Apart from the omnipotence of love over evil, love as self-sacrifice, and the crucifixion theme, other themes present in the books include the error of rash judgment, redemption, how to bear the brunt of being misjudged well and how to bear it poorly, along with others.

    It’s very clear that Rowling has a Christian background that she is bringing to her writing, and indeed, she has said as much in interviews, citing (if I recall correctly) her Lutheran faith as a large influence on the books.

    In the end, the most important point may well be that, like the Bible, there are a great many people out there who reject the Harry Potter books as evil and backwards, and much like with the Bible, most of these people have never read more than a few words of them.

  10. When my kids are old enough to read this series, I will have no objections. I’ve read all of the books and take them at face value for what they are – works of fiction.

    If my kids are swayed so easily to sinister elements by what they should clearly understand to be fantasy – then I will have failed utterly in my role as a Catholic mother. Rather I would hope that by the time they are old enough to read these that they will be grounded enough in their faith, and grasp sufficiently the concepts of make-believe vs reality that they will do as I did – enjoy the story and let that be the beginning and end of it!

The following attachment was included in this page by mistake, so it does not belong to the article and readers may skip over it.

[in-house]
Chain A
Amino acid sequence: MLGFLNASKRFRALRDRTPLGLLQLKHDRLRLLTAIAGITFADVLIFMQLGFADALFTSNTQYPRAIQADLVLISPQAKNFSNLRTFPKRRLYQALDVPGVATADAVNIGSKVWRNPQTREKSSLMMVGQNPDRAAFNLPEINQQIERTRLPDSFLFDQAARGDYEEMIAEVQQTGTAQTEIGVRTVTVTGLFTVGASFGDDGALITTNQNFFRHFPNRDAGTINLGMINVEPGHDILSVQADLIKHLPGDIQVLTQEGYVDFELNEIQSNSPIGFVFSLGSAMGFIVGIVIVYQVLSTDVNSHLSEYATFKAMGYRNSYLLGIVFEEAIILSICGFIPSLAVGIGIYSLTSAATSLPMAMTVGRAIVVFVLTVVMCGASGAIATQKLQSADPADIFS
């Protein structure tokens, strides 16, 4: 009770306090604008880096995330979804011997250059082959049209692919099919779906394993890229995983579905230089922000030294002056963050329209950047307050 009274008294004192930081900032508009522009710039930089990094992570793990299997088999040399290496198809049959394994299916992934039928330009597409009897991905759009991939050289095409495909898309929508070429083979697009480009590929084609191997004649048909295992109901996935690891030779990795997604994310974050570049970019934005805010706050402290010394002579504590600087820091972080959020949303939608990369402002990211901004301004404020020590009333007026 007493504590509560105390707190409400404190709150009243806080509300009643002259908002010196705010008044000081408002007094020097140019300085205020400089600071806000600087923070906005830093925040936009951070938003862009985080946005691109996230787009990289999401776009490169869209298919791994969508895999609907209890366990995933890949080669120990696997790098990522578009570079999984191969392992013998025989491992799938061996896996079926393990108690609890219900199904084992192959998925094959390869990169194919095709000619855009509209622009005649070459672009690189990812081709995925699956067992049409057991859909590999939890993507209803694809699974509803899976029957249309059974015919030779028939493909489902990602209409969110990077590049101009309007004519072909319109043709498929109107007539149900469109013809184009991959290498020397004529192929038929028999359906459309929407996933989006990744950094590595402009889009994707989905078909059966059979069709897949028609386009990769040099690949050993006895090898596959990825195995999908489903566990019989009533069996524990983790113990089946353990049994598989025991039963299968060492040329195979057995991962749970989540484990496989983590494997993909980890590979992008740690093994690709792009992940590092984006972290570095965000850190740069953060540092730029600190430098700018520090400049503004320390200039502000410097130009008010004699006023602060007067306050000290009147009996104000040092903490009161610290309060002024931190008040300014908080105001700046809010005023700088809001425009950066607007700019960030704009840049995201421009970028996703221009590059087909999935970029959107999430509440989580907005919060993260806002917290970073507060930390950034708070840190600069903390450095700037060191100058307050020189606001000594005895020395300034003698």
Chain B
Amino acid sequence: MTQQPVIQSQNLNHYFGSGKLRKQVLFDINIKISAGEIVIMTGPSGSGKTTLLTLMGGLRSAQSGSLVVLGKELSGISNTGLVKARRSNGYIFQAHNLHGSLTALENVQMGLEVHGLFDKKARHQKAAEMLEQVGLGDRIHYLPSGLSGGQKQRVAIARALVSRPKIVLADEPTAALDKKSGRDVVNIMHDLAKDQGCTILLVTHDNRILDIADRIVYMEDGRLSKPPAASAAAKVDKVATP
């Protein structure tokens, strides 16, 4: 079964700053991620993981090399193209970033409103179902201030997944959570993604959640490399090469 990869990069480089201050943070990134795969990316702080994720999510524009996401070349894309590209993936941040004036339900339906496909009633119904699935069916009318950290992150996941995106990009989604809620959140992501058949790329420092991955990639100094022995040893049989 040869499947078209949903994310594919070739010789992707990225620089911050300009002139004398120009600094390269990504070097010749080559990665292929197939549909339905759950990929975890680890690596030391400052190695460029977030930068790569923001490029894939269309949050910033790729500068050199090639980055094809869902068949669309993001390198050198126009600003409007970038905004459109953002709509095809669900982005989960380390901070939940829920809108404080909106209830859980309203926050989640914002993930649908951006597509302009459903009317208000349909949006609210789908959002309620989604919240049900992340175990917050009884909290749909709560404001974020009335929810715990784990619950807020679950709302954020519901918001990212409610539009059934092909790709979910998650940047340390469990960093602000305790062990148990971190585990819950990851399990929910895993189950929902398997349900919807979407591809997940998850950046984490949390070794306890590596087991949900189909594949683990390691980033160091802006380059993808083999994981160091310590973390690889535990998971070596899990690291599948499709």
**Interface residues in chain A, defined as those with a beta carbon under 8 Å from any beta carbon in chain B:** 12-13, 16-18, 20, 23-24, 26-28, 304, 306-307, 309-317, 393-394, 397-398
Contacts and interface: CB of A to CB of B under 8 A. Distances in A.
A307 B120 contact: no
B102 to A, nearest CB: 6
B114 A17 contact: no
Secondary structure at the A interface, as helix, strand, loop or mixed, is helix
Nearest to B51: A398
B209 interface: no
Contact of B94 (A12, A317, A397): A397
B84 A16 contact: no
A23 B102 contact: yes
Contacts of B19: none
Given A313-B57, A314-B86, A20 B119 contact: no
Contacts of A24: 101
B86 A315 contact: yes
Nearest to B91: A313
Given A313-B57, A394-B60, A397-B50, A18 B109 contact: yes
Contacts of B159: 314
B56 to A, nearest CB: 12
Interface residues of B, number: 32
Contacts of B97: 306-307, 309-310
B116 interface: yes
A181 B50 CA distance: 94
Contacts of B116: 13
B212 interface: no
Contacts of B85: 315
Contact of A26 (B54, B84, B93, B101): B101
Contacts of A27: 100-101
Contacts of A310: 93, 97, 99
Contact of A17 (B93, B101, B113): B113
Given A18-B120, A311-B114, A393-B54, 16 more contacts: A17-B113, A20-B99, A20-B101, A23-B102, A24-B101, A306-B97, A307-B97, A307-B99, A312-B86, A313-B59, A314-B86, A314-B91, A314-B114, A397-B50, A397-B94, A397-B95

11. There’s a good chunk of Calvinism in ‘em, and an equally fair-sized chunk of both liberalism and conservative/libertarian orneriness about UK government (but I guess that’s Rowling’s Church of Scotland background for you). There’s a lot of broad Dickensian humor, boarding school story, mysteries, folk and fairy tale, and boy’s adventure.

    What there isn’t is fascination with the occult. There’s probably more occult knowledge and appeal to hidden secrets of yore in the average bibliophile’s stroll through a rare book section than in all the Rowling books put together.

    I’d be more worried about the excessive love of sport and cliques in boarding school books, which Rowling parodies but arguably, also falls into.